With so many of us now working off-campus, the line between work and home may feel a bit blurry. An article on our Employee and Family Assistance Program site says one drawback of working from home is that work doesn’t end. “The lack of physical separation between home and work adds to the temptation to keep on working long after the typical working day is over.”
The flexibility of working from home means it might be convenient to hit send on a work-related email late into the night when an idea strikes, but the recipient might be seeing it at that same time, and may feel obligated to respond, whether the sender intended that reaction or not.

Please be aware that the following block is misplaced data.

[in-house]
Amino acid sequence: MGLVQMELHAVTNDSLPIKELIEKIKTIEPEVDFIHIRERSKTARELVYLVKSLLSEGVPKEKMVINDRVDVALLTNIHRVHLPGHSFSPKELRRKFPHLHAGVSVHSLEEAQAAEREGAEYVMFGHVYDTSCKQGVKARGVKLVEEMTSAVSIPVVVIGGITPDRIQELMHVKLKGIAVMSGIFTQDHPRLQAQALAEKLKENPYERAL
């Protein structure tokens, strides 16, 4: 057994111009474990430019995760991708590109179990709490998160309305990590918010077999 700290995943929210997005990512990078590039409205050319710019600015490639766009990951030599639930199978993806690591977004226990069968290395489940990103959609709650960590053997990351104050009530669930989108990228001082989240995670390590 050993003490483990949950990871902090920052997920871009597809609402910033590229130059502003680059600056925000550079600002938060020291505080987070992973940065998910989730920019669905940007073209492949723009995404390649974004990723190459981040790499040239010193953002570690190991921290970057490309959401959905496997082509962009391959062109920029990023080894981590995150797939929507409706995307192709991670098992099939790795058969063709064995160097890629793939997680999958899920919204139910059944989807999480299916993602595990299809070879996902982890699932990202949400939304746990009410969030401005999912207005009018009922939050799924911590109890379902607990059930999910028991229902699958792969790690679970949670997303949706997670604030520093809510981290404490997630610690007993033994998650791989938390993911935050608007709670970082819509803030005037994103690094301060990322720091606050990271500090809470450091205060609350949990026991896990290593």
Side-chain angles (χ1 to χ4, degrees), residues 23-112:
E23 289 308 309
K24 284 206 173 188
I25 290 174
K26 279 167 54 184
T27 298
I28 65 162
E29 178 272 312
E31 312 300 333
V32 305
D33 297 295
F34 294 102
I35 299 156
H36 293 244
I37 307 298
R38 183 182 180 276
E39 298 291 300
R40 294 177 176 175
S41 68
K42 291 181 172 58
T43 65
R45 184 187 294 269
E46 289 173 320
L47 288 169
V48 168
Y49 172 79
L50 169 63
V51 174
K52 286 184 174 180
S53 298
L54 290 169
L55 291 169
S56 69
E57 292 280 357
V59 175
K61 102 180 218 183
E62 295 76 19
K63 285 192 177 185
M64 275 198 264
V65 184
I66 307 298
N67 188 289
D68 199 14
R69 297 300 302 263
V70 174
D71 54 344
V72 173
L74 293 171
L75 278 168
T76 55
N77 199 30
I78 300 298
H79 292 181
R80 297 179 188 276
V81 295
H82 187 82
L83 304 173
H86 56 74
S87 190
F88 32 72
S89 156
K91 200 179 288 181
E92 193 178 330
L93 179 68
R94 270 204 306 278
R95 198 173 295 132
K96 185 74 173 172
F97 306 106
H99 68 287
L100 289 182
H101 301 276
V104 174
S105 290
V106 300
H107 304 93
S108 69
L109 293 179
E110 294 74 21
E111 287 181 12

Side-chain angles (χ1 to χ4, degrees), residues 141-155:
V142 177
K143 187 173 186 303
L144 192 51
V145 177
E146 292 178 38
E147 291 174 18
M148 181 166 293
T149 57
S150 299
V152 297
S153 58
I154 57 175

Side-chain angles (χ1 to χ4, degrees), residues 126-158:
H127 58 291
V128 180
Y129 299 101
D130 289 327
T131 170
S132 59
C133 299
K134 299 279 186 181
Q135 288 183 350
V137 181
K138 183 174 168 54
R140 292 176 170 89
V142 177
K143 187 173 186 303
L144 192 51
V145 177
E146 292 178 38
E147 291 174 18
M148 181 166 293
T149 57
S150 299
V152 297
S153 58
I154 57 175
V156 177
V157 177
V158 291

Some tips for balance:
- Set times to be technology free, which means no touching a computer, phone or device.
- Set limits. Don’t check your email or voice mail after a set time when your workday is over. If you do need to check in after hours, set a window of time to do that, not all the time, every day.
- If you are concerned about forgetting that brilliant idea before the next workday, go ahead and draft the email you have in mind. Save it in your drafts to send the next day during regular office hours. Worried you’ll forget about the draft? Try using the Delay Delivery feature in Outlook’s desktop app. You’ll find it under the Options tab. Note, delay delivery is not an option if you’re using the Outlook web app.